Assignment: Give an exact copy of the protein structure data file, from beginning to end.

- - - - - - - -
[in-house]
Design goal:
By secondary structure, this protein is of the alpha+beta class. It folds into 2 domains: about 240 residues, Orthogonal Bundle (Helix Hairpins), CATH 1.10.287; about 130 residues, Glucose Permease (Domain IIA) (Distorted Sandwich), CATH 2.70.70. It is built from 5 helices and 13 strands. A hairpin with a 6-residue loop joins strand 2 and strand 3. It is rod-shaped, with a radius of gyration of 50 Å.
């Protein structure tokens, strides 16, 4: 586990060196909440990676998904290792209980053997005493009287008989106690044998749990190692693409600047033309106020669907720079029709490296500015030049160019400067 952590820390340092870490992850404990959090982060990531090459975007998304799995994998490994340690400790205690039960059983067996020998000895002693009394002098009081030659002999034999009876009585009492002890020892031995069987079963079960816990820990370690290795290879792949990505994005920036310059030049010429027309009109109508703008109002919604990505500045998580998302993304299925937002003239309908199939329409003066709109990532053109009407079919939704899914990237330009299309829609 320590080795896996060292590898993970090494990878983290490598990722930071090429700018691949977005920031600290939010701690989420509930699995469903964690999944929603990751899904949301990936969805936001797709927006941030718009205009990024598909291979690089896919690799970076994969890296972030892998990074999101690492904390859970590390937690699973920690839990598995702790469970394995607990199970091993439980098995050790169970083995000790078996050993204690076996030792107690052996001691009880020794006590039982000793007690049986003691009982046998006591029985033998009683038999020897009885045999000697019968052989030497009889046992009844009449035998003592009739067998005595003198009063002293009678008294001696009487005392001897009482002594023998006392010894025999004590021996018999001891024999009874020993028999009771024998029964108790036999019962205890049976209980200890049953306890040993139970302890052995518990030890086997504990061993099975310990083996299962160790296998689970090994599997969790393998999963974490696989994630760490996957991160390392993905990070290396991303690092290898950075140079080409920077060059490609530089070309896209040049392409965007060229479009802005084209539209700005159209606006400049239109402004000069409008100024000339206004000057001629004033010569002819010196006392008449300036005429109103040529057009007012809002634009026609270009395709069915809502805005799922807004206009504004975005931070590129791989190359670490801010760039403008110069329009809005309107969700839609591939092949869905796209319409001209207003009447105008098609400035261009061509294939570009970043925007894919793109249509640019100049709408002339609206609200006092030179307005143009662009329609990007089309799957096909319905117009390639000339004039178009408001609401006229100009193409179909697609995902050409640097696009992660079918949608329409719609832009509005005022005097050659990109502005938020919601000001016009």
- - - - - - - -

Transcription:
[in-house]
Design goal:
By secondary structure, this protein is of the alpha+beta class. It folds into 2 domains: about 240 residues, Orthogonal Bundle (Helix Hairpins), CATH 1.10.287; about 130 residues, Glucose Permease (Domain IIA) (Distorted Sandwich), CATH 2.70.70. It is built from 5 helices and 13 strands. A hairpin with a 6-residue loop joins strand 2 and strand 3. It is rod-shaped, with a radius of gyration of 50 Å.
């Protein structure tokens, strides 16, 4: 586990060196909440990676998904290792209980053997005493009287008989106690044998749990190692693409600047033309106020669907720079029709490296500015030049160019400067 952590820390340092870490992850404990959090982060990531090459975007998304799995994998490994340690400790205690039960059983067996020998000895002693009394002098009081030659002999034999009876009585009492002890020892031995069987079963079960816990820990370690290795290879792949990505994005920036310059030049010429027309009109109508703008109002919604990505500045998580998302993304299925937002003239309908199939329409003066709109990532053109009407079919939704899914990237330009299309829609 320590080795896996060292590898993970090494990878983290490598990722930071090429700018691949977005920031600290939010701690989420509930699995469903964690999944929603990751899904949301990936969805936001797709927006941030718009205009990024598909291979690089896919690799970076994969890296972030892998990074999101690492904390859970590390937690699973920690839990598995702790469970394995607990199970091993439980098995050790169970083995000790078996050993204690076996030792107690052996001691009880020794006590039982000793007690049986003691009982046998006591029985033998009683038999020897009885045999000697019968052989030497009889046992009844009449035998003592009739067998005595003198009063002293009678008294001696009487005392001897009482002594023998006392010894025999004590021996018999001891024999009874020993028999009771024998029964108790036999019962205890049976209980200890049953306890040993139970302890052995518990030890086997504990061993099975310990083996299962160790296998689970090994599997969790393998999963974490696989994630760490996957991160390392993905990070290396991303690092290898950075140079080409920077060059490609530089070309896209040049392409965007060229479009802005084209539209700005159209606006400049239109402004000069409008100024000339206004000057001629004033010569002819010196006392008449300036005429109103040529057009007012809002634009026609270009395709069915809502805005799922807004206009504004975005931070590129791989190359670490801010760039403008110069329009809005309107969700839609591939092949869905796209319409001209207003009447105008098609400035261009061509294939570009970043925007894919793109249509640019100049709408002339609206609200006092030179307005143009662009329609990007089309799957096909319905117009390639000339004039178009408001609401006229100009193409179909697609995902050409640097696009992660079918949608329409719609832009509005005022005097050659990109502005938020919601000001016009």